This weekend we learned via the Times Book Review, where Liz Phair reviewed Dean Wareham’s memoir ‘Black Postcards,’ that she is working on a book of her own — “fiction, not memoir.” “It was 4 am and the light was gray, like it always is in paperbacks” is probably not the first line, but wouldn’t that be awesome?
This definitely counts as a career upswing for Phair: Fans of her initial incarnation as the absolute ultimate goddess of post-collegiate stoned romantically confused totally frank lady-wisdom have lately been baffled by the Matrix-produced, CW drama soundtracky direction of her last two albums. The explanation probably lies in Phair’s long-ago admission that “it’s nice to be liked, but it’s better by far to get paid.” So we hope that she gets a fat advance for that novel! Or maybe she’s already gotten one? Publisher’s Marketplace doesn’t know, but maybe one of you does. Tell! Also, can Phair write, you know, not-songs? Let’s take a look at that book review.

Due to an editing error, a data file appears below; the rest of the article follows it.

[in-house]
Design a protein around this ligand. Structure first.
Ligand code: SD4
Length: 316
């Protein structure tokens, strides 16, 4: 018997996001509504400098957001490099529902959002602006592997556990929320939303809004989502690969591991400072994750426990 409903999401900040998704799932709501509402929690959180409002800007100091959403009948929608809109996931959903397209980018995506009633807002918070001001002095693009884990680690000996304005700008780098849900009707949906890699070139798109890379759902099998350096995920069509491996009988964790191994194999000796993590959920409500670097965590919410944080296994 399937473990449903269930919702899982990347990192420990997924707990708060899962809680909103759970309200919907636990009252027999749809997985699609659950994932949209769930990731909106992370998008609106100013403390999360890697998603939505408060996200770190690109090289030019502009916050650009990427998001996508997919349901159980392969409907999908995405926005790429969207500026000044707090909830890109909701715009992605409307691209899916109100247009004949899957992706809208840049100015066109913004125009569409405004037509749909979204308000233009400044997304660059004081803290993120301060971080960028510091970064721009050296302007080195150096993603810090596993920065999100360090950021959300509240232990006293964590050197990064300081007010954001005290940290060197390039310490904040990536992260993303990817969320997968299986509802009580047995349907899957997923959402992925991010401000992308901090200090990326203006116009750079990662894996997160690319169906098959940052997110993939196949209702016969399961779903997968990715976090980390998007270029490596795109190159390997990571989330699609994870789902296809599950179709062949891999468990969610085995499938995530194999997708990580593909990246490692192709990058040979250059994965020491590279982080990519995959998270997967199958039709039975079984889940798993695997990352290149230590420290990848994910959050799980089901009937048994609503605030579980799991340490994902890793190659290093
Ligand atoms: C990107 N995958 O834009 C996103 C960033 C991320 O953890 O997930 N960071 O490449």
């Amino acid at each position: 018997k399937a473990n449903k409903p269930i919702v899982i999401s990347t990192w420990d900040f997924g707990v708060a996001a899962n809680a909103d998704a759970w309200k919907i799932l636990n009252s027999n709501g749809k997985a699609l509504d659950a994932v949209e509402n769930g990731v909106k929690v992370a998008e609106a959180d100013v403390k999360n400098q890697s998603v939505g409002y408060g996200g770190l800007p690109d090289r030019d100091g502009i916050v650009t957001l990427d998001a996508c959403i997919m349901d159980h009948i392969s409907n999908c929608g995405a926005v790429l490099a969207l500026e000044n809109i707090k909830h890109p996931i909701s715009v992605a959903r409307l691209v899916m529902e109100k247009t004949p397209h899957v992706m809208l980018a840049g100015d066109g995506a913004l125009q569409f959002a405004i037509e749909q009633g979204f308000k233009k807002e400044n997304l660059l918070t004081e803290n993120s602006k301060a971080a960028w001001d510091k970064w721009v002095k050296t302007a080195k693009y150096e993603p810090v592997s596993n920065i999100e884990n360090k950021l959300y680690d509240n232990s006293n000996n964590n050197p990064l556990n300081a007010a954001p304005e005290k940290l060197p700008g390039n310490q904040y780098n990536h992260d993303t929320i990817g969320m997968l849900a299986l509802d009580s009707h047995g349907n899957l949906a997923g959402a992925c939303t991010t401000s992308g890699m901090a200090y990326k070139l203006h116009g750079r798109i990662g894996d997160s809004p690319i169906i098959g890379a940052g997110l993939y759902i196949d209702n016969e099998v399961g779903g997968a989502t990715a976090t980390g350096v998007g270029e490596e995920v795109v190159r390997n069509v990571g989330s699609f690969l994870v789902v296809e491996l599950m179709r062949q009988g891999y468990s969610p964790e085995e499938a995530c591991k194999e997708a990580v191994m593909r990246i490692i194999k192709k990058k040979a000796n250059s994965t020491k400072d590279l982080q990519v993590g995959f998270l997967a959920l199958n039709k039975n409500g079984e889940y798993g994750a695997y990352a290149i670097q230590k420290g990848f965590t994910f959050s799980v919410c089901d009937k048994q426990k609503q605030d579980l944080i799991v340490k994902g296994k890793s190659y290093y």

Well, it’s pretty great, though Phair ultimately fails to answer the question — “Guilty? Not guilty? What are we as a jury to think?” — that she poses about Galaxie 500 and Luna frontman Wareham’s confessions, which she compares stylistically to “good courtroom testimony” at the review’s outset. She’s funny and evocative, not too conversational, and not afraid to be a little goofy: “Even his writing style has a rhythm to it: passages move rapidly back and forth between incident and impression, creating a kind of (Iâ€™m not kidding) rock â€™nâ€™ roll.” It’s disappointing that she closes the review by quoting what seems like Wareham’s garden-variety midlife therapy session, rather than weighing in on whether he should be held accountable for his unabashed commitment to the rock’n’roll lifestyle. But then, who is Liz Phair to judge? Actually, maybe the exact perfect person. Anyway, that novel is going to be amazing.